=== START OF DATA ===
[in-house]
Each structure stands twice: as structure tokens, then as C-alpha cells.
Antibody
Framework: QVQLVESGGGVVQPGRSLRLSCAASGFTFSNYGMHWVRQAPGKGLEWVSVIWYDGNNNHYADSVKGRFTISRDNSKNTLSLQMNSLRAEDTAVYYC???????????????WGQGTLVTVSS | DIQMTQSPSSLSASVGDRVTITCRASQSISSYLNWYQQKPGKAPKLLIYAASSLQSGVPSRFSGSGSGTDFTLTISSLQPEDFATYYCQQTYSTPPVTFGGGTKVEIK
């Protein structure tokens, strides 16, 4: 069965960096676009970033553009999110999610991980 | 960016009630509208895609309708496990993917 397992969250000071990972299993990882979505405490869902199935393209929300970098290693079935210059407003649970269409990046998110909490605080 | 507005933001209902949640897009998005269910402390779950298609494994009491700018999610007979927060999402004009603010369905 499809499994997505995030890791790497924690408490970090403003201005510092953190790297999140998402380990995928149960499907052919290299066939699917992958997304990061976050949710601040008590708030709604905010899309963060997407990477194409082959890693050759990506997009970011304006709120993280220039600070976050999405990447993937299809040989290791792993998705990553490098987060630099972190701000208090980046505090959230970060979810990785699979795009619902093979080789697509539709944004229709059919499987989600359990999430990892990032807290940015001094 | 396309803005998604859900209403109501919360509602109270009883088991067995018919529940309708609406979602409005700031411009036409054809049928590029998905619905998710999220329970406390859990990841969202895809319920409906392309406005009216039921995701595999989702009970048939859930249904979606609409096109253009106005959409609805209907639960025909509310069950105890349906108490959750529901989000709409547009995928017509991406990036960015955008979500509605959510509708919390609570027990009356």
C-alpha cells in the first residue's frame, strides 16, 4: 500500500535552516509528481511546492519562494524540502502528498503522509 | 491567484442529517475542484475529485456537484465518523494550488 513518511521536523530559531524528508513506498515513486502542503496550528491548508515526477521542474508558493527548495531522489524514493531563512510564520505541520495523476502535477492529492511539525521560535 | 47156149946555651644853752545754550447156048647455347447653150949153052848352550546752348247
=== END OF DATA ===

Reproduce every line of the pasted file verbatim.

[in-house]
Each structure stands twice: as structure tokens, then as C-alpha cells.
Antibody
Framework: QVQLVESGGGVVQPGRSLRLSCAASGFTFSNYGMHWVRQAPGKGLEWVSVIWYDGNNNHYADSVKGRFTISRDNSKNTLSLQMNSLRAEDTAVYYC???????????????WGQGTLVTVSS | DIQMTQSPSSLSASVGDRVTITCRASQSISSYLNWYQQKPGKAPKLLIYAASSLQSGVPSRFSGSGSGTDFTLTISSLQPEDFATYYCQQTYSTPPVTFGGGTKVEIK
């Protein structure tokens, strides 16, 4: 069965960096676009970033553009999110999610991980 | 960016009630509208895609309708496990993917 397992969250000071990972299993990882979505405490869902199935393209929300970098290693079935210059407003649970269409990046998110909490605080 | 507005933001209902949640897009998005269910402390779950298609494994009491700018999610007979927060999402004009603010369905 499809499994997505995030890791790497924690408490970090403003201005510092953190790297999140998402380990995928149960499907052919290299066939699917992958997304990061976050949710601040008590708030709604905010899309963060997407990477194409082959890693050759990506997009970011304006709120993280220039600070976050999405990447993937299809040989290791792993998705990553490098987060630099972190701000208090980046505090959230970060979810990785699979795009619902093979080789697509539709944004229709059919499987989600359990999430990892990032807290940015001094 | 396309803005998604859900209403109501919360509602109270009883088991067995018919529940309708609406979602409005700031411009036409054809049928590029998905619905998710999220329970406390859990990841969202895809319920409906392309406005009216039921995701595999989702009970048939859930249904979606609409096109253009106005959409609805209907639960025909509310069950105890349906108490959750529901989000709409547009995928017509991406990036960015955008979500509605959510509708919390609570027990009356």
C-alpha cells in the first residue's frame, strides 16, 4: 500500500535552516509528481511546492519562494524540502502528498503522509 | 491567484442529517475542484475529485456537484465518523494550488 513518511521536523530559531524528508513506498515513486502542503496550528491548508515526477521542474508558493527548495531522489524514493531563512510564520505541520495523476502535477492529492511539525521560535 | 47156149946555651644853752545754550447156048647455347447653150949153052848352550546752348247